Students in Jim Campanini’s wine class listen as the “Wine Novice” talks about his passion. COURTESY PHOTO

The Nesmith House was glamorous and full of life for the first class of “Vino Rosso: The Incomparable Red Wines of Northern Italy.” Nineteen enthusiastic oenophiles met Thursday in Lowell to learn about the four pillars of prestigious Italian wine – Super Tuscan, Chianti, Barolo and Brunello – from the Piemonte and Toscana regions. We also discussed the top red wine of the Veneto – Amarone della Valpolicella – which is one of my favorites.  My “students” sampled seven wines which were paired with the Wine Goddess’ small plates of Italian treasures, including baked eggplant parmigiana and meatballs stuffed with spinach, mozzarella and Vidalia onions.

The 2-hour evening came to a sweet conclusion when students toasted their success – each had to pass a 10-question final exam – with a glass of Vin Santo di Chianti Classico, a decadent dessert wine made from native Trebbiano Toscana and Malvasia Bianca grapes. As it that wasn’t enough, the Wine Goddess served homemade dried cherry and almond biscotti to resounding applause.

So, as the Italians would say, we had some serious fun.

The group asked some really good questions and amazed me with their keen senses of smell and taste. Most were spot on in deducing the basic aromatic and flavor profiles of the wines, and didn’t hesitate to delve deeper into the complex layers when presented with more structured, powerful bottlings. I was proud that they learned so well.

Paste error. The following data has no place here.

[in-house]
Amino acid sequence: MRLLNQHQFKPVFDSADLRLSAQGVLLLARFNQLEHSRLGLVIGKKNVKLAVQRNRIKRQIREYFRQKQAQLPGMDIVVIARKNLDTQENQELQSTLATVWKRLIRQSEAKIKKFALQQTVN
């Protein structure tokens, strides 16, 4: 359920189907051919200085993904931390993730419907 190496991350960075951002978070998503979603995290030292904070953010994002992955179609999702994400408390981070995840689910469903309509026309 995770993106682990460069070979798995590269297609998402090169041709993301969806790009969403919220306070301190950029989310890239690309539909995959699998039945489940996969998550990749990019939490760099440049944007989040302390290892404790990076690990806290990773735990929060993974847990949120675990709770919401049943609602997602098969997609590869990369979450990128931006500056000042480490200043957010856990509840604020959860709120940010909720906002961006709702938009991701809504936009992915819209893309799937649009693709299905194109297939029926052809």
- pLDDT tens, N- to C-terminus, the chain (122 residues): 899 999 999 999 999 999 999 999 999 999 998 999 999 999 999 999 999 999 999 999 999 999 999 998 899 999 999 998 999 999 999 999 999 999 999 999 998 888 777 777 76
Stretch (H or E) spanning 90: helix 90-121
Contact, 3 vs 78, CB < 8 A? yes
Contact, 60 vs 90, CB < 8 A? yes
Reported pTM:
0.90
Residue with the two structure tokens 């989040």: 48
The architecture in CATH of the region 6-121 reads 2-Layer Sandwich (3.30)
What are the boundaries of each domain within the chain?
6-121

Jim Campanini teaches a wine class at the Nesmith House in Lowell. COURTESY PHOTO

For those who were shut out of this first class, a second has been added for Thursday, Nov. 8 at the same location. Contact Middlesex Community College to register, or go on the school’s website.

I want to congratulate my students for their attentiveness, energy, and support. We couldn’t develop elegant wine education programs like this without your help. And the same goes for MCC and its staff, which brought this program to life and continues to support it with its own resources, including the fabulous Nesmith House location. This was our third wine class collaboration since last year, and we’re planning two special programs in the spring of 2019 – one on sparkling wines and the other on the ancient volcanic wines of southern Italy. Nero D’Avola, Nerello Mascarelli and Taurasi are just a few that come to mind.

To show you that my students command the utmost respect, here are several exam questions they learned to master. If you don’t know the answer, you should take the class. Salute!

Italian Red Wine Class Final Exam

Instructor: Jim Campanini, IWS

1.      In which wine region is Sangiovese the “king of all grape varieties”?

a.      Piemonte

b.      Toscana

c.       Veneto

d.      All of the above 

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The Wine Professor is in for one night (OK, two)

By Jim Campanini, The Wine Novice

The table is set for an evening of “The Incomparable Wines of Northern Italy,” a two-hour learning and tasting seminar at the elegant Nesmith House in Lowell, presented by yours truly as part of Middlesex Community College’s adult continuing-education program.

Tonight’s class of 20 “students” is sold out; however, because of the number of inquiries received, MCC has graciously added another class scheduled for Thursday, Nov. 8, from 7 to 9 p.m. (To register, go to www.middlesex.mass.edu and type in “vino rosso” in the search button).

I’ve been excited about this “class” for a while...